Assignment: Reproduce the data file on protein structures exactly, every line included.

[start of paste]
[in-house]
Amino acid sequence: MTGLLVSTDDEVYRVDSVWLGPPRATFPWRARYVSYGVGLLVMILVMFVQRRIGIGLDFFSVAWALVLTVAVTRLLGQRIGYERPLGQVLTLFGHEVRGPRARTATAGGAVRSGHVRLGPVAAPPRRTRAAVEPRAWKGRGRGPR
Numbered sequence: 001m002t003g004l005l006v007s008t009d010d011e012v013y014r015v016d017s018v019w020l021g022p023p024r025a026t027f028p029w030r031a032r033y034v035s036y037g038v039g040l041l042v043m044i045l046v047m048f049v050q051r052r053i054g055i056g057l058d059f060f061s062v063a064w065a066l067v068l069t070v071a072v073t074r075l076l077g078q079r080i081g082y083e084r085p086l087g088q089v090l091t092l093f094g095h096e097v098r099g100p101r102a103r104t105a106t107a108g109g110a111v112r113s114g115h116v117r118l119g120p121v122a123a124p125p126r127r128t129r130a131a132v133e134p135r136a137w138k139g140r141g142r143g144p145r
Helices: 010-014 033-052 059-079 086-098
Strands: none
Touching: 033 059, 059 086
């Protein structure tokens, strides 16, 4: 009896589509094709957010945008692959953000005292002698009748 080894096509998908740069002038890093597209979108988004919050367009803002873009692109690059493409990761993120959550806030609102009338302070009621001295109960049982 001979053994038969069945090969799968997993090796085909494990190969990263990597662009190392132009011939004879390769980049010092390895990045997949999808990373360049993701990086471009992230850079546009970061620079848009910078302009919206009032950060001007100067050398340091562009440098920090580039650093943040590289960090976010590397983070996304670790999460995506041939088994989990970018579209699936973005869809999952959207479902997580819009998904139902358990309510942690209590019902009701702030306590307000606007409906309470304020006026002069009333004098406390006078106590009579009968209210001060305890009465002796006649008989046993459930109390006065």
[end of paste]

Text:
[in-house]
Amino acid sequence: MTGLLVSTDDEVYRVDSVWLGPPRATFPWRARYVSYGVGLLVMILVMFVQRRIGIGLDFFSVAWALVLTVAVTRLLGQRIGYERPLGQVLTLFGHEVRGPRARTATAGGAVRSGHVRLGPVAAPPRRTRAAVEPRAWKGRGRGPR
Numbered sequence: 001m002t003g004l005l006v007s008t009d010d011e012v013y014r015v016d017s018v019w020l021g022p023p024r025a026t027f028p029w030r031a032r033y034v035s036y037g038v039g040l041l042v043m044i045l046v047m048f049v050q051r052r053i054g055i056g057l058d059f060f061s062v063a064w065a066l067v068l069t070v071a072v073t074r075l076l077g078q079r080i081g082y083e084r085p086l087g088q089v090l091t092l093f094g095h096e097v098r099g100p101r102a103r104t105a106t107a108g109g110a111v112r113s114g115h116v117r118l119g120p121v122a123a124p125p126r127r128t129r130a131a132v133e134p135r136a137w138k139g140r141g142r143g144p145r
Helices: 010-014 033-052 059-079 086-098
Strands: none
Touching: 033 059, 059 086
């Protein structure tokens, strides 16, 4: 009896589509094709957010945008692959953000005292002698009748 080894096509998908740069002038890093597209979108988004919050367009803002873009692109690059493409990761993120959550806030609102009338302070009621001295109960049982 001979053994038969069945090969799968997993090796085909494990190969990263990597662009190392132009011939004879390769980049010092390895990045997949999808990373360049993701990086471009992230850079546009970061620079848009910078302009919206009032950060001007100067050398340091562009440098920090580039650093943040590289960090976010590397983070996304670790999460995506041939088994989990970018579209699936973005869809999952959207479902997580819009998904139902358990309510942690209590019902009701702030306590307000606007409906309470304020006026002069009333004098406390006078106590009579009968209210001060305890009465002796006649008989046993459930109390006065």